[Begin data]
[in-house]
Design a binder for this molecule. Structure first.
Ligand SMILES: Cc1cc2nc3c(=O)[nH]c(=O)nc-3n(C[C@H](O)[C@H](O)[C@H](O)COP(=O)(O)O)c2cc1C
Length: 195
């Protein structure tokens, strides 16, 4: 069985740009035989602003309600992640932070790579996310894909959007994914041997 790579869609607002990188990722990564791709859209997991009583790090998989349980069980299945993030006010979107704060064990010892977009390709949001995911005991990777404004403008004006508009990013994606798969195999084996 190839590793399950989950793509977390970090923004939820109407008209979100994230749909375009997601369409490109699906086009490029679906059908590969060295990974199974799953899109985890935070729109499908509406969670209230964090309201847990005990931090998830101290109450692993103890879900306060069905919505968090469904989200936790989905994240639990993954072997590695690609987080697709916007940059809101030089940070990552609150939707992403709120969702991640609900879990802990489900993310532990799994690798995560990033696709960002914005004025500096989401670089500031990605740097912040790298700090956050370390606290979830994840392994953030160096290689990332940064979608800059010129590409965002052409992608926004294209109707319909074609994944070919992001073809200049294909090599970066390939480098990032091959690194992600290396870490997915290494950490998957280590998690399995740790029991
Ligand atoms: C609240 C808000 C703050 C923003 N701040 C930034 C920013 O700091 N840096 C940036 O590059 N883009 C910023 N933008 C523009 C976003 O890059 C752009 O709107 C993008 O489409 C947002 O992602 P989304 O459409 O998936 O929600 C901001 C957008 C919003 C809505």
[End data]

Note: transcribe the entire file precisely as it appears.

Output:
[in-house]
Design a binder for this molecule. Structure first.
Ligand SMILES: Cc1cc2nc3c(=O)[nH]c(=O)nc-3n(C[C@H](O)[C@H](O)[C@H](O)COP(=O)(O)O)c2cc1C
Length: 195
């Protein structure tokens, strides 16, 4: 069985740009035989602003309600992640932070790579996310894909959007994914041997 790579869609607002990188990722990564791709859209997991009583790090998989349980069980299945993030006010979107704060064990010892977009390709949001995911005991990777404004403008004006508009990013994606798969195999084996 190839590793399950989950793509977390970090923004939820109407008209979100994230749909375009997601369409490109699906086009490029679906059908590969060295990974199974799953899109985890935070729109499908509406969670209230964090309201847990005990931090998830101290109450692993103890879900306060069905919505968090469904989200936790989905994240639990993954072997590695690609987080697709916007940059809101030089940070990552609150939707992403709120969702991640609900879990802990489900993310532990799994690798995560990033696709960002914005004025500096989401670089500031990605740097912040790298700090956050370390606290979830994840392994953030160096290689990332940064979608800059010129590409965002052409992608926004294209109707319909074609994944070919992001073809200049294909090599970066390939480098990032091959690194992600290396870490997915290494950490998957280590998690399995740790029991
Ligand atoms: C609240 C808000 C703050 C923003 N701040 C930034 C920013 O700091 N840096 C940036 O590059 N883009 C910023 N933008 C523009 C976003 O890059 C752009 O709107 C993008 O489409 C947002 O992602 P989304 O459409 O998936 O929600 C901001 C957008 C919003 C809505």